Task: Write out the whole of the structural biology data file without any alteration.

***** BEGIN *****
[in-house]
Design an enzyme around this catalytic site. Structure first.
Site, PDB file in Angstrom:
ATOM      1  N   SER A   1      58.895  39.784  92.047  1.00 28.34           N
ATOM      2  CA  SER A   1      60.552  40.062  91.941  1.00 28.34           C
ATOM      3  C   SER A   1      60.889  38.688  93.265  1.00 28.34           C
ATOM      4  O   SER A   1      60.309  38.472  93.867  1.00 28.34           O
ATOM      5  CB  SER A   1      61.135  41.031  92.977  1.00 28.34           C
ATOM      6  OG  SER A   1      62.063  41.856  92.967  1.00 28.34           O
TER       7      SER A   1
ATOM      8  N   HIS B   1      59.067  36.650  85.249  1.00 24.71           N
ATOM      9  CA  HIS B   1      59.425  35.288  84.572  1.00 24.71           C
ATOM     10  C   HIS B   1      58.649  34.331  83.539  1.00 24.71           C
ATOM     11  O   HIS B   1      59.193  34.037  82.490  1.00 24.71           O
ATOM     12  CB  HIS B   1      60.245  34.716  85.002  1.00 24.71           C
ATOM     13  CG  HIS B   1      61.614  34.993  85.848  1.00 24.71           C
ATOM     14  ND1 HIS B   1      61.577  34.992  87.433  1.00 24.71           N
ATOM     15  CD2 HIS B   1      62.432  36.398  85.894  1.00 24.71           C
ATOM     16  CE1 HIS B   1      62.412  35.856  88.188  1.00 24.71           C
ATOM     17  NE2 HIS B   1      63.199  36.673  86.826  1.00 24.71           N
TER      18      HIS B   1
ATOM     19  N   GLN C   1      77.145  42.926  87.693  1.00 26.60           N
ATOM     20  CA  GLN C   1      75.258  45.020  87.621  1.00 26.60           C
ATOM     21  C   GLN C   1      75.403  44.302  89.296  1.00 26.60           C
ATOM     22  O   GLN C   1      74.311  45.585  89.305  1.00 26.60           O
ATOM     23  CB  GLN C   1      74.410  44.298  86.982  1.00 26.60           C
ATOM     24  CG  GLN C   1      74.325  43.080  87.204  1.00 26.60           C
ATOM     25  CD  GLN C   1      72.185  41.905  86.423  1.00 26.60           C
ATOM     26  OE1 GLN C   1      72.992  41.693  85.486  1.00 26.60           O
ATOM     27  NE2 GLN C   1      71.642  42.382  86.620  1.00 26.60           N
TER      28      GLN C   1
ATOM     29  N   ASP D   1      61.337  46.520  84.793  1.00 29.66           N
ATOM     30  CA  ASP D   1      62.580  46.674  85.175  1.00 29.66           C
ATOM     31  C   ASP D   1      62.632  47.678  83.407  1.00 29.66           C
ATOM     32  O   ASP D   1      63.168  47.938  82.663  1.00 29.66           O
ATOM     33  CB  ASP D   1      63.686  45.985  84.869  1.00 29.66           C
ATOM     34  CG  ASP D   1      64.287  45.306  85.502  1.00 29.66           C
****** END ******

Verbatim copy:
[in-house]
Design an enzyme around this catalytic site. Structure first.
Site, PDB file in Angstrom:
ATOM      1  N   SER A   1      58.895  39.784  92.047  1.00 28.34           N
ATOM      2  CA  SER A   1      60.552  40.062  91.941  1.00 28.34           C
ATOM      3  C   SER A   1      60.889  38.688  93.265  1.00 28.34           C
ATOM      4  O   SER A   1      60.309  38.472  93.867  1.00 28.34           O
ATOM      5  CB  SER A   1      61.135  41.031  92.977  1.00 28.34           C
ATOM      6  OG  SER A   1      62.063  41.856  92.967  1.00 28.34           O
TER       7      SER A   1
ATOM      8  N   HIS B   1      59.067  36.650  85.249  1.00 24.71           N
ATOM      9  CA  HIS B   1      59.425  35.288  84.572  1.00 24.71           C
ATOM     10  C   HIS B   1      58.649  34.331  83.539  1.00 24.71           C
ATOM     11  O   HIS B   1      59.193  34.037  82.490  1.00 24.71           O
ATOM     12  CB  HIS B   1      60.245  34.716  85.002  1.00 24.71           C
ATOM     13  CG  HIS B   1      61.614  34.993  85.848  1.00 24.71           C
ATOM     14  ND1 HIS B   1      61.577  34.992  87.433  1.00 24.71           N
ATOM     15  CD2 HIS B   1      62.432  36.398  85.894  1.00 24.71           C
ATOM     16  CE1 HIS B   1      62.412  35.856  88.188  1.00 24.71           C
ATOM     17  NE2 HIS B   1      63.199  36.673  86.826  1.00 24.71           N
TER      18      HIS B   1
ATOM     19  N   GLN C   1      77.145  42.926  87.693  1.00 26.60           N
ATOM     20  CA  GLN C   1      75.258  45.020  87.621  1.00 26.60           C
ATOM     21  C   GLN C   1      75.403  44.302  89.296  1.00 26.60           C
ATOM     22  O   GLN C   1      74.311  45.585  89.305  1.00 26.60           O
ATOM     23  CB  GLN C   1      74.410  44.298  86.982  1.00 26.60           C
ATOM     24  CG  GLN C   1      74.325  43.080  87.204  1.00 26.60           C
ATOM     25  CD  GLN C   1      72.185  41.905  86.423  1.00 26.60           C
ATOM     26  OE1 GLN C   1      72.992  41.693  85.486  1.00 26.60           O
ATOM     27  NE2 GLN C   1      71.642  42.382  86.620  1.00 26.60           N
TER      28      GLN C   1
ATOM     29  N   ASP D   1      61.337  46.520  84.793  1.00 29.66           N
ATOM     30  CA  ASP D   1      62.580  46.674  85.175  1.00 29.66           C
ATOM     31  C   ASP D   1      62.632  47.678  83.407  1.00 29.66           C
ATOM     32  O   ASP D   1      63.168  47.938  82.663  1.00 29.66           O
ATOM     33  CB  ASP D   1      63.686  45.985  84.869  1.00 29.66           C
ATOM     34  CG  ASP D   1      64.287  45.306  85.502  1.00 29.66           C